Healing from the Hurts of War

Over the last six years in this small Northern Ireland Region I have been leading one-day workshops on Healing from the Hurts of War.

At the workshops I noticed that even in the introductions people were keen to tell what had happened during The Troubles, the forty-year low-level conflict between the oppressed Catholic minority and the Protestant majority. Fear, grief, and anger were just below the surface, because the conditions for discharge hadn’t been available.

I suspected the same was true for the folk throughout Ireland, as our history of colonisation and invasion had affected all of us, and the Republic of Ireland was only three generations away from the Easter Rising, the War of Independence, and the Civil War. So to a recent workshop I invited a small number of Co-Counsellors who were born and raised in Ireland and currently living in Northern Ireland, the Republic of Ireland, and the island of Britain. I hoped this would add to my route map for ending Irish internalized oppression. The division of the island, which left the North under British rule, has cemented in divisions that are difficult to detect and discharge on.

In my classes at the workshop I focused on the conditions that spawn wars and on the day-to-day effect war has on people. I did not emphasise the chronology of invasions and “who beat who.” Instead I invited people to listen well and to try to read our history in the stories people told, to see these stories as a more authentic version of the history we need to understand; and to have compassion for each other.

I proposed that “everybody got hurt,” and this was confirmed when the mixed bunch of Catholics and Protestants met in three different support groups: Catholic emigrants, Northern Irish Catholics, and Protestants (both Northern Irish and emigrant).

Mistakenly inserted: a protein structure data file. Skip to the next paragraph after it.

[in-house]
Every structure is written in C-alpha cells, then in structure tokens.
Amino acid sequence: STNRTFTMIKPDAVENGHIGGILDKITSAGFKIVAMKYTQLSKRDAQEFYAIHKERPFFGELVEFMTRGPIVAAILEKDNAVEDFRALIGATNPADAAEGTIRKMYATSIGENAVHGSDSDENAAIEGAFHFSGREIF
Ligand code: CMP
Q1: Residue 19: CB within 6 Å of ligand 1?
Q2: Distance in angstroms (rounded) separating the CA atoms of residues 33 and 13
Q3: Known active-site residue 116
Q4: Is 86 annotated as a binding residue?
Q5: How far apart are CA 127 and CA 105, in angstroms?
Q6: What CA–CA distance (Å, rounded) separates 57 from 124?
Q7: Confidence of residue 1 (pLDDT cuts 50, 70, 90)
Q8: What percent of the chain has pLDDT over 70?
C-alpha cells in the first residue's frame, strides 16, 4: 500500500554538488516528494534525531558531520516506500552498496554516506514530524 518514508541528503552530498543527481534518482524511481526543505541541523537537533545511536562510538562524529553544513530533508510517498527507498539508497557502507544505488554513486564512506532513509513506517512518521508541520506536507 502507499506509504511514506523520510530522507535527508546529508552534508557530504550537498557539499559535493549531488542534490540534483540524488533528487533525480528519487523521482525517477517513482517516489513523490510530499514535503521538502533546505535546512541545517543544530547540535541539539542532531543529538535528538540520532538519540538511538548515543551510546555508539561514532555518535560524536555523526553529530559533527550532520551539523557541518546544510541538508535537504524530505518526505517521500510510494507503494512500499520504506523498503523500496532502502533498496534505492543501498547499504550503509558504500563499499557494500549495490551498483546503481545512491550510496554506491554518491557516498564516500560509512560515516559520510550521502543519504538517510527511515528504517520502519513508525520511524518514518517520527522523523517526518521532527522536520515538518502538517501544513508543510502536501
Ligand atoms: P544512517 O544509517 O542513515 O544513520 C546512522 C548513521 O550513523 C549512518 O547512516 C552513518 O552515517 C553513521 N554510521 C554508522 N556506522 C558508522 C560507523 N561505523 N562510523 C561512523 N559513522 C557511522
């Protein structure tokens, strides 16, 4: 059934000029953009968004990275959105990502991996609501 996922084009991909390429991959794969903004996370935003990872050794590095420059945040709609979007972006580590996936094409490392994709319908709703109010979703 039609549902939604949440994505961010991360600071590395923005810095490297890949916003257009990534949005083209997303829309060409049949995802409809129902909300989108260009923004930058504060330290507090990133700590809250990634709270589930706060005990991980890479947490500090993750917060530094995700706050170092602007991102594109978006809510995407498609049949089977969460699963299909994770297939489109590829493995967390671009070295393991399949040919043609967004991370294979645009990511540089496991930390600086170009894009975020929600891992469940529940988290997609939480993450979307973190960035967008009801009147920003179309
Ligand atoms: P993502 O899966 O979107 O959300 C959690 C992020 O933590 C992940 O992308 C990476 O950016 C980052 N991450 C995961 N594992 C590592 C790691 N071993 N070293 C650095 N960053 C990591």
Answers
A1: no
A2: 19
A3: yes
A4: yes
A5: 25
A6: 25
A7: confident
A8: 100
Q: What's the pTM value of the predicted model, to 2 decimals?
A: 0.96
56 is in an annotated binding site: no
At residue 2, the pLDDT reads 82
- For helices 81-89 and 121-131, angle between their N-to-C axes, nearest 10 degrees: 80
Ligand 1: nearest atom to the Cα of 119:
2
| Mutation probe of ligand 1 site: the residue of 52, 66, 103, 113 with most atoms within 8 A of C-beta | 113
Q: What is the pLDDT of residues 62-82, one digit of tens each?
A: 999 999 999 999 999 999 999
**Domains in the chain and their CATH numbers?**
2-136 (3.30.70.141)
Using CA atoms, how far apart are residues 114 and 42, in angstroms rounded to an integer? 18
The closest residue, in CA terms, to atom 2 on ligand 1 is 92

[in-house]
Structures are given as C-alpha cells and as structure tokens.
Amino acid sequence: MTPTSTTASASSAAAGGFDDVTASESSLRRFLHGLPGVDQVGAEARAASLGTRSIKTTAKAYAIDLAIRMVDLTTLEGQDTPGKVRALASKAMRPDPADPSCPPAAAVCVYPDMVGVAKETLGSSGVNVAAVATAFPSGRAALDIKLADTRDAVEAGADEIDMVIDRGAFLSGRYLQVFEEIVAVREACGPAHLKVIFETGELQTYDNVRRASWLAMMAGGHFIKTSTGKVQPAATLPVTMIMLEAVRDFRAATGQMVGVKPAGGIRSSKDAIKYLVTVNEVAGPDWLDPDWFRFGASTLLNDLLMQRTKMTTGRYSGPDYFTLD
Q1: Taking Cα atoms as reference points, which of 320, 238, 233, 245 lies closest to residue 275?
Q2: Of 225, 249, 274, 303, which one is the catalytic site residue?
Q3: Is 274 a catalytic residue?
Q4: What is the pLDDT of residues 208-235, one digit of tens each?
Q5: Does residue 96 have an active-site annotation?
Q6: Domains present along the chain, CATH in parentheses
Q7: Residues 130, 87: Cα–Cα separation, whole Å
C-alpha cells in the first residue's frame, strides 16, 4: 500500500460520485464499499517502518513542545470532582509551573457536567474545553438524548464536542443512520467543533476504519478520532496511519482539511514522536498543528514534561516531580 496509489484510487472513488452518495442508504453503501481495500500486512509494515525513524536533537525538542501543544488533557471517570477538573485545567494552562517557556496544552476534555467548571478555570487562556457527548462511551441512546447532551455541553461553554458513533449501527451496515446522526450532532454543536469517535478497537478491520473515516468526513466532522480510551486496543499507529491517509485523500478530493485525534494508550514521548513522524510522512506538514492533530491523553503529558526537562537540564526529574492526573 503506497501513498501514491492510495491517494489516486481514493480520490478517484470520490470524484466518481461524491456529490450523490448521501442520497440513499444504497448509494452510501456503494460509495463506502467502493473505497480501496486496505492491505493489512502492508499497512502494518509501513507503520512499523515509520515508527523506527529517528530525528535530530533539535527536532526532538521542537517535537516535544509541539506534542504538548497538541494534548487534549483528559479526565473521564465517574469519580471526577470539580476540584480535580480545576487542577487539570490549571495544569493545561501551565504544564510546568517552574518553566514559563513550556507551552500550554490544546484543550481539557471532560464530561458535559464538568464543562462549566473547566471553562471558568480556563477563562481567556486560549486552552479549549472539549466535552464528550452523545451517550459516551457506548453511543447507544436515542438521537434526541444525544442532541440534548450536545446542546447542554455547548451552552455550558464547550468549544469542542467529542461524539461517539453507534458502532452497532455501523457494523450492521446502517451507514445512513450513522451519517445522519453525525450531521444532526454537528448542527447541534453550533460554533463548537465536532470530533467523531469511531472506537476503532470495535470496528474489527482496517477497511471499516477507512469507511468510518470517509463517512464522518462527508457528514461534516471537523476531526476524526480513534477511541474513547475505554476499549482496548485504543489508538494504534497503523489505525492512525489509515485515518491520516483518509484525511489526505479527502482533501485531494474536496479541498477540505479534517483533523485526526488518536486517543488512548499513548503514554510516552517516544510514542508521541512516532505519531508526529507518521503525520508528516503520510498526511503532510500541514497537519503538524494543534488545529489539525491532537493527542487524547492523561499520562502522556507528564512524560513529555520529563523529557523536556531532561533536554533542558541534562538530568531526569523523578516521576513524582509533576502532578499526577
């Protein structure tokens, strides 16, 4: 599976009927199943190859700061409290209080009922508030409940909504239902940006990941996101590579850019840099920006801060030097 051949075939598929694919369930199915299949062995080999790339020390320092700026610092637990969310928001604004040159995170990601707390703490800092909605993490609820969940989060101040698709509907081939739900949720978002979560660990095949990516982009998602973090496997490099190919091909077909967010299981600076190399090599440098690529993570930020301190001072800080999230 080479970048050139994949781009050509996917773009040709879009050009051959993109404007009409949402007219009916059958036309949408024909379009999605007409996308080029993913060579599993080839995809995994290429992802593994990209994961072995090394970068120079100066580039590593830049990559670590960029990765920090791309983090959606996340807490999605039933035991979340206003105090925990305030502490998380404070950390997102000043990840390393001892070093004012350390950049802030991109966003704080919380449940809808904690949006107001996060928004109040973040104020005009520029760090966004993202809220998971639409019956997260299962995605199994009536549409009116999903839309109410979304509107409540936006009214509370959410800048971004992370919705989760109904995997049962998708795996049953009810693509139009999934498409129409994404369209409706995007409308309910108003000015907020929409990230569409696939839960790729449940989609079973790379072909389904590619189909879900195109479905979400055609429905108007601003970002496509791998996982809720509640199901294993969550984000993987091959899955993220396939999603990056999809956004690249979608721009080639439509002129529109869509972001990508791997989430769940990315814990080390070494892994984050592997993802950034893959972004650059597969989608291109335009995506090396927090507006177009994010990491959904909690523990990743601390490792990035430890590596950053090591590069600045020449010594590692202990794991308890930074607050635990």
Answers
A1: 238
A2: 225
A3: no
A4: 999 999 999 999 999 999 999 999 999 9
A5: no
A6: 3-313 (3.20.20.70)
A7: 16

War is the wallpaper of our lives, here and in many places in the world. A familiar phrase is “It was just life; I didn’t know it was a war.” There is an Irish expression “We have to live the day we have.” Our conversations are peppered with phrases like “blow them out of the water,” “caught in the crossfire,” “giving them ammunition,” “photo shoots.” I first became aware of how inappropriate the latter is when, as a photographer, I was speaking about a photography job in an infant school!

We need to discharge on war, at least so we don’t go on repeating the mistakes of judgment made when things break down completely and the only way forward seems to be to demolish the other side, to beat them up until they cannot rise again.

My experiences of being in explosions and having friends killed and family members beaten up have of course pushed this issue to the front of my mind. But I’ve detected in my engagement with other local people that certain patterns are common among us. They include wanting to run away, leave RC, end it all (commit suicide); never feeling safe away from home; wanting to regularly check in with home and family; rushing to protect family at first sign of need; wanting to hide; not saying what we think in case it offends someone; wanting to kill people or beat them up until they can no longer function; not trusting others; wanting to be better than, to win, to see the other person “off the stage.” The feeling of “it is you or me” offers no concept of thriving together. Either you die or I do; together will not work.

We made good progress at the workshop! It was a risk and a challenge to bring these groups together under one roof, but it worked. We got an insight into each other’s lives that will be lasting.

I’m pleased, too, with how the workshop deepened my understanding of my family and the broader community. We are one tribe, battered by history yet held together by a love of the environment, the ability to rejoice and celebrate, and a profound compassion when the terror lifts from our shoulders.

I do believe war is a topic worth exploring for all Irish-heritage people, in Ireland and elsewhere. As society collapses, violence will be a visible component of our lives. We need to clear our heads of early fears and the ways historical events have restimulated them. Let’s get good at helping each other build on the compassion we have retained as a people. It is time to return to each other and “live the day we have” knowing that we are surrounded by supportive Co-Counsellors, internationally and at home here on the island.

Sheila Fairon

Regional Reference Person for Northern Ireland

Portrush, County Antrim, Northern Ireland

(Present Time 186, January 2017)


Last modified: 2019-05-02 14:41:35+00